by Cindy McClure
My Mucha, 14 x 17. My first Art Nouveau piece. I used circular shapes and lots of gold
“Your work reminds me of Alphonse Mucha”. This remark made on a portrait post ignited my desire to learn how to draw in Muchas Art Nouveau style. I love Art Nouveau and, with a year of colored pencil practice behind me by 2017, I was ready and excited to give it a try.
Drawing what you love is a powerful motivational force. Having spent months putting my dear grandchildren on paper, I knew the level of creativity and commitment needed to complete an art piece was directly influenced by the level of interest I had in what and who I was drawing. Who better, then, to be part of my first Art Nouveau pieces but my grandchildren?
Mucha excelled at creating pieces with exact geometric shapes, perfect balance, engaging composition, vibrant, saturated colors, and (often) text. Given my inexperience and developing skills, my biggest consideration was deciding what combination of these elements would work for me. I needed a plan.
I learned having a theme for each piece helped dictate and unite my design elements. It was daunting to conceptualize a large, intricate piece of art so I simplified the process, placing one design element at a time, beginning first with a large orb then adding other complimentary elements. It was slow progress in unfamiliar territory. To keep from being overwhelmed, I kept the design elements simple and similar. The end result was my first Art Nouveau learning piece, fittingly titled “My Mucha.”
One of the strongest elements in Muchas Nouveau work and, which to me, embodies the essence of good Art Nouveau, is hair. Hair plays a very large part in the overall effectiveness of Art Nouveau design. Mucha took hair to a celestial level! I love drawing and designing Art Nouveau hair! I drew “Mucha-style” hair in my first piece. In addition to discovering my capability to adequately compile and arrange design elements, I’m realizing that my technical comprehension is also growing. The creative juices were beginning to flow!
The learning and experimentation continued. I love the circular shapes in Art Nouveau and find they complement all my pieces. Mucha repeated many shapes and color palettes from piece to piece, often using oranges in his skin tones and background designs. This gave me the idea to use similar color selections in my second piece. It wasn’t a hardship since I love autumn colors! The central orb became a bold orange harvest moon. Embedded against this backdrop was my young “My Mucha” model who had transformed in this piece from child to elegant Lady. I introduced new design elements: tiles, feathers, borders and lettering. I like the Parisian flair Mucha interjected in his work, so I decided a title banner in French would best suit this piece. The hair took on a life of its own! My father worked in wood and I love its grain and color. The spark of an idea to recreate those loves on paper evidenced itself when the hair flow and application of color began to resemble marquetry. A huge divergence from Muchas’ rampant locks but one I found very pretty and effective! A sparkling diamond earring and a white feather boa later, “La Dame d’Autumne” ~ The Lady of Autumn ~ was complete.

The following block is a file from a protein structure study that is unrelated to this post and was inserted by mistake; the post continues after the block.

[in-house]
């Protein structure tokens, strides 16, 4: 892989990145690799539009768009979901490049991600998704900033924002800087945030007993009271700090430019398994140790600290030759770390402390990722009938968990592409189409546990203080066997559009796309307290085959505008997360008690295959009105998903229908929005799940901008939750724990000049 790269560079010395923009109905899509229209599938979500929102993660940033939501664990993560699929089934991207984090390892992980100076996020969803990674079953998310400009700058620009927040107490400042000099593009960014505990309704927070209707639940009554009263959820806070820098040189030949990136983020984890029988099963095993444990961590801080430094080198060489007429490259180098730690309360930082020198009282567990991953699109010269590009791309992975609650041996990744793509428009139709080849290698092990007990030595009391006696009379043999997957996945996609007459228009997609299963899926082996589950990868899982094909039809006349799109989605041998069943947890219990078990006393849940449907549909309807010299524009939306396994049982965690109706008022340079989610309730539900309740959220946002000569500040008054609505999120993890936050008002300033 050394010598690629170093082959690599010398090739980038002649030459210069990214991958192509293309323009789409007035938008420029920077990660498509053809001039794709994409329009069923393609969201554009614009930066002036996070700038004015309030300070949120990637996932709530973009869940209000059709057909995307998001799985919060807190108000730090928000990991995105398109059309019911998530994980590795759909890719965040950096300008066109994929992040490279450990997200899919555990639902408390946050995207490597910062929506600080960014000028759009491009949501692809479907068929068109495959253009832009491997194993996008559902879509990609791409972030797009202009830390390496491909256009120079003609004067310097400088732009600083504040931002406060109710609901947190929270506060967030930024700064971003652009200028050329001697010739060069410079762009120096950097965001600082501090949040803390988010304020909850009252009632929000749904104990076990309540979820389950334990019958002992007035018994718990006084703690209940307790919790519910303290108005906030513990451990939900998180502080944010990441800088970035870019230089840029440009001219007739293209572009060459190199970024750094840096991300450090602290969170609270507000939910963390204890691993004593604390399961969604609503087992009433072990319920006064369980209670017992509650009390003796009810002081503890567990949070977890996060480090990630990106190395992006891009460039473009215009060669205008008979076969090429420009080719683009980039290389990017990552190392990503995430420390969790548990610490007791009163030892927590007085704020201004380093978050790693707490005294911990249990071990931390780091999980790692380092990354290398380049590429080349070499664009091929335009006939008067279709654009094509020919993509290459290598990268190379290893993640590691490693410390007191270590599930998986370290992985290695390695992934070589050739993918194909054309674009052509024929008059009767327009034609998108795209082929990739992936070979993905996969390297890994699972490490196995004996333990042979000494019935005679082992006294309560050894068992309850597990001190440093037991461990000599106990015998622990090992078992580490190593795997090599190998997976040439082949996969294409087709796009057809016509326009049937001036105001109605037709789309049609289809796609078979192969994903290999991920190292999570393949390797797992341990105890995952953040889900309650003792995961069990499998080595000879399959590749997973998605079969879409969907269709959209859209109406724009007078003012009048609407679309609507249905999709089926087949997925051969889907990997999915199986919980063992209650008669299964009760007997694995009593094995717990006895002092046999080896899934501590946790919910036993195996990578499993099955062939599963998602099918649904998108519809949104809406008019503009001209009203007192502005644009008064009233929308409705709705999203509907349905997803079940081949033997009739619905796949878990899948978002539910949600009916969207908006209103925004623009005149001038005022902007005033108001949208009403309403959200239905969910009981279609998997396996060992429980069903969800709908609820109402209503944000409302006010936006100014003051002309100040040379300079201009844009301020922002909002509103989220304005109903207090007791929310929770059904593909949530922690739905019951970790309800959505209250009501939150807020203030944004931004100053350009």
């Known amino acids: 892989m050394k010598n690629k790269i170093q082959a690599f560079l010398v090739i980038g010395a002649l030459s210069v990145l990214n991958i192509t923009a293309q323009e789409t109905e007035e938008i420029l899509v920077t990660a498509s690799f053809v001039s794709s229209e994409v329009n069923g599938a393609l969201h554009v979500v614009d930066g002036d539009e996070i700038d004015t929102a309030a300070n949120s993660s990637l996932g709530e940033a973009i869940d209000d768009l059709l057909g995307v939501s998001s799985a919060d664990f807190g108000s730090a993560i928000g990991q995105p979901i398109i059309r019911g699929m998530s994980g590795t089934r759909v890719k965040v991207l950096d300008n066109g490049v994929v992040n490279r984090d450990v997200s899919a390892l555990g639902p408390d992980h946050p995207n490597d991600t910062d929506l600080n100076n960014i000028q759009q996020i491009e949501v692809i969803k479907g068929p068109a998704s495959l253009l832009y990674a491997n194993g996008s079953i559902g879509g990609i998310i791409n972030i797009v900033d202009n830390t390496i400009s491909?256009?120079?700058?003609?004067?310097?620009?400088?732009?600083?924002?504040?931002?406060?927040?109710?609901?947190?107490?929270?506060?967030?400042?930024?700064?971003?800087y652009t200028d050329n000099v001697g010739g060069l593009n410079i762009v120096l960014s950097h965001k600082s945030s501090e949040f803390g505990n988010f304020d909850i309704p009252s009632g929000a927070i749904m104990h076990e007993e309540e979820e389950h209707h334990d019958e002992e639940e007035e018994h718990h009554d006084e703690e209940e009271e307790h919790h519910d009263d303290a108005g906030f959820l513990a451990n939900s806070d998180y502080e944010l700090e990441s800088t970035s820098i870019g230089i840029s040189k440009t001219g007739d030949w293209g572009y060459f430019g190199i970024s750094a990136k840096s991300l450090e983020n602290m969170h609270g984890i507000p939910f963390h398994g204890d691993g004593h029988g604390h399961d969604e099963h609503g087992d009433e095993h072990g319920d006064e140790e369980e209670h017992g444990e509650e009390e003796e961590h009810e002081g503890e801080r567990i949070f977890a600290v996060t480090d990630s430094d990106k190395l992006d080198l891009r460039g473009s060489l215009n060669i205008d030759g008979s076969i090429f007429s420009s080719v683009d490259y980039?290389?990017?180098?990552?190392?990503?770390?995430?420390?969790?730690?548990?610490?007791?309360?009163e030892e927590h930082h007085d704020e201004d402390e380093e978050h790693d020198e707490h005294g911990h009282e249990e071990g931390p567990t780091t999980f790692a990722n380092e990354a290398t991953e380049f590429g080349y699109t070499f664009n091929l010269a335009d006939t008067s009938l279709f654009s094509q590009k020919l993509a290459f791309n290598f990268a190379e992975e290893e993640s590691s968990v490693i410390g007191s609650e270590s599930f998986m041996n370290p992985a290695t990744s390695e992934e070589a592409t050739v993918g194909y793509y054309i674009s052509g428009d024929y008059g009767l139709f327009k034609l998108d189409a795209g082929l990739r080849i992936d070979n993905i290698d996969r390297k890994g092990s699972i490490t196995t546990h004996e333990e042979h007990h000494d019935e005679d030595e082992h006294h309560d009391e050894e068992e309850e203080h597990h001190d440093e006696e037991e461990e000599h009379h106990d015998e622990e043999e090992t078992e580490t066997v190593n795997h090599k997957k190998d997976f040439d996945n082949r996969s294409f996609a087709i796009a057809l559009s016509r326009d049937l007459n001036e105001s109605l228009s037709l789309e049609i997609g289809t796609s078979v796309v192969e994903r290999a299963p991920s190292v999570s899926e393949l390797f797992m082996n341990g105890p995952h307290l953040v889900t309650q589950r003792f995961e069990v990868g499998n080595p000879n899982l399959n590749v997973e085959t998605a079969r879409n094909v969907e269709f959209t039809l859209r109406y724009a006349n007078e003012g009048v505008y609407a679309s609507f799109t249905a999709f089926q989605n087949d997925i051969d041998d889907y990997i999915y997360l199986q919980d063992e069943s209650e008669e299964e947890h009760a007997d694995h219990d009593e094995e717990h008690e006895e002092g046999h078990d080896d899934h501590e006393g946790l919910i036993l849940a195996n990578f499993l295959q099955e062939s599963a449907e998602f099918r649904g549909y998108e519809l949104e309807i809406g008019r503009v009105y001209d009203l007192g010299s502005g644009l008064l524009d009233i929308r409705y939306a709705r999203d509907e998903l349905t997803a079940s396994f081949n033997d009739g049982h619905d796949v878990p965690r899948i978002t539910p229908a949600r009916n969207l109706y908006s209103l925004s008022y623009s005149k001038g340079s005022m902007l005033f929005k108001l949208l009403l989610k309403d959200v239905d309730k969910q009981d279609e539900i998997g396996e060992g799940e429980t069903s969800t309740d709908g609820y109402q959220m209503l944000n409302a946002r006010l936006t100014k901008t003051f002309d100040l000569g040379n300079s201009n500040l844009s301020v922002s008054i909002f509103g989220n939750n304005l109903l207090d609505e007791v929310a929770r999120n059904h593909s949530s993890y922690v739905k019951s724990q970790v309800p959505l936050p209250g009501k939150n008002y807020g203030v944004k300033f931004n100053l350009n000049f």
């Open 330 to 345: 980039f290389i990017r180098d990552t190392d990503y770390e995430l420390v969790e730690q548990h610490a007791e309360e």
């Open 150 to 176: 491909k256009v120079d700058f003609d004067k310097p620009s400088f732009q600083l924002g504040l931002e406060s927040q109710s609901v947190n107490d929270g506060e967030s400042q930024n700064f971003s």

La Dame d'Etriente ~ The Lady of Autumn ~ 14 x 17 My 2nd Art Nouveau piece. New colors, new hair design and lettering
I was developing my own approach to Art Nouveau design with each project. By the time “La Dame” was complete, I had a solid grasp of basic design (colors I loved to use and placement format) that would provide the foundation for future work. I was finding my own art “voice.” This was a promising beginning!
I am hugely fond of gold and Art Nouveau is a perfect outlet for my gold indulgences! I used gold heavily in “My Mucha” and I love the effect. When I came across a photo of my youngest granddaughter in a gold-accented Grecian robe and headdress costume, I knew she was the perfect selection for my next, and most recent, Art Nouveau project.
I wanted to direct attention to the child and her outfit in this piece so I did not include extra embellishments and left the background white. Mucha drew clothing with the same effortless fluidity as he did hair. With that in mind, I addressed the textural aspects of the robe and headband ~ folds, shading, color ~ with the hope of giving a feeling of life and movement to a serene composition. New elements were introduced ~ reflective gold sashing, geometric headband shapes ~ and familiar elements ~hair, orb and tiles ~ were revisited. This piece was drawn simply because of the joy I find in creating Art Nouveau and because this child is dear. She is appropriately titled “Le Petit Bijou” ~ The Little Jewel.
Le Petit Bijou ~ The Little Jewel ~ 14 x 17 My current Art Nouveau piece. I used gold and autumn tones with a simple orb/tile design and white background. More fabric and headdress details.
I love this style of art. I love that it allows me to be immersed in colors and forms that satisfy my need for beauty. I am uplifted and inspired by the freedom of creating art beyond the visual constraints of a photograph. I enjoy and appreciate the challenges of design and originality Art Nouveau demands and I eagerly look forward to creating more and better Art Nouveau work in the future.
Cindy is a self-taught colored pencil portrait artist. She specializes in portraiture with her favorite subjects being children. Her work has been published in Ann Kullberg’s COLOR magazine. In addition to drawing portraits for family and others, Cindy also creates Art Nouveau art work using traditional and original design elements. She is involved in several colored pencil art groups where she shares her work and helps others who like to know more about colored pencil drawing techniques.
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